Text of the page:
Yaakov’s behavior served as a message to his children and future generations to ask forgiveness, even if the initial suffering later results in goodness and blessing.

(הרב מאיר ז"ל שאפירא מלובלין)


"אל תיראו כי התחת אלקים אני"
“Do not be afraid, am I like G‑d?!” (50:19)

QUESTION: Yosef should have said, “Do not be afraid, I will do you no harm!” Why did he say that he was not like G‑d?

ANSWER: The brothers originally wronged Yosef, but Hashem converted it to good. Yosef said to his brothers, “If I should want to repay you, I would also have to do a bad thing which would later turn into good. The only one who can do this is Hashem. I am not like G‑d and, therefore, you have no reason to fear me.”

(ילקוט האורים)


"וישב יוסף במצרים"
“And Yosef dwelt in Egypt.” (50:22)

QUESTION: In the Gemara (Pesachim 119a) Rabbi Chama says that Yosef hid three treasures in Egypt. One was revealed to Korach, the second to Antoninas, and the third is hidden for tzaddikim till Mashiach comes.

Why haven’t archeologist searched for the third treasure?

ANSWER: Is it possible that the words of Rabbi Chama are an allegory. He may not be referring to monetary treasures, but rather three invaluable lessons to be learnt from the life of Yosef:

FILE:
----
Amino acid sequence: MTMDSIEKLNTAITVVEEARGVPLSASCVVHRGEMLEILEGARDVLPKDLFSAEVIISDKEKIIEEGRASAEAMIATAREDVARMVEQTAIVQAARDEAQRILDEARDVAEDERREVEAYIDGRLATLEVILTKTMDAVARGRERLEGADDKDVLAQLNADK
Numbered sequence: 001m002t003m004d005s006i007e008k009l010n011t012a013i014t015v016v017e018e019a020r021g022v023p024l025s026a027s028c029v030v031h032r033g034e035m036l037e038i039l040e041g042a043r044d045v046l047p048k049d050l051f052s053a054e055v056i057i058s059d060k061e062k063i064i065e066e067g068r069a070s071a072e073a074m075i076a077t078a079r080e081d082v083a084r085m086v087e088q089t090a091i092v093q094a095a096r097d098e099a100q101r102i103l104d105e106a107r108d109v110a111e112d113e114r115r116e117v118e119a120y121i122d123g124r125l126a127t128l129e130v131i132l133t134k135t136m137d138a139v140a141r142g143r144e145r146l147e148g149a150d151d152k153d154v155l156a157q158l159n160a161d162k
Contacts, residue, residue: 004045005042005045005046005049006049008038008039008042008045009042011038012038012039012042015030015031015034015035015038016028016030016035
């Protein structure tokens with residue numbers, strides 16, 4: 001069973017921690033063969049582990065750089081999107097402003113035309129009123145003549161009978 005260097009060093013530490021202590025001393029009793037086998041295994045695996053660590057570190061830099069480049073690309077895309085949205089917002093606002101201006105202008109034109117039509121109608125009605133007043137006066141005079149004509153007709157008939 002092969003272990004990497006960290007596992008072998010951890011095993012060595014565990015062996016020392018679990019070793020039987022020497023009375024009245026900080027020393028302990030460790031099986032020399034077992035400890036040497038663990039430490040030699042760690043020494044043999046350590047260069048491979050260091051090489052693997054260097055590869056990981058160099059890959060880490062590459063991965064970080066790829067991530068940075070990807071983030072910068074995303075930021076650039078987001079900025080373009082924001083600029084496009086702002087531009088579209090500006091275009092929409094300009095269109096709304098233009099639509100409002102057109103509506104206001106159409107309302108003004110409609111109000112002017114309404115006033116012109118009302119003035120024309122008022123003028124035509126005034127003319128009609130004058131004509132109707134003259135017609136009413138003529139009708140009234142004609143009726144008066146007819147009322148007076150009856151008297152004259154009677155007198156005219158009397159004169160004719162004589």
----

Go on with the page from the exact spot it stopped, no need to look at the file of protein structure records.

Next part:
1) No one can interfere with a person’s destiny.

Yosef dreamt of leadership and Hashem wanted him to be a ruler in Egypt. Despite his brothers’ efforts to destroy him by throwing him into the pit and selling him as a slave and his subsequent arrest in Egypt, he ultimately became the ruler of the land.

Korach declared war against Moshe and Aharon, hoping that Elitzafan the nasi of their tribe would be demoted, so that he could take over. Moshe, Aharon and Elitzafan were all destined to leadership and Korach’s actions only brought about his own downfall.

2) It is a myth that the only way to succeed in the secular world is by compromising on Torah and Yiddishkeit.

Yosef proved this approach to be erroneous. He rose to the highest position in the government of Egypt, yet remained a tzaddik from beginning to end.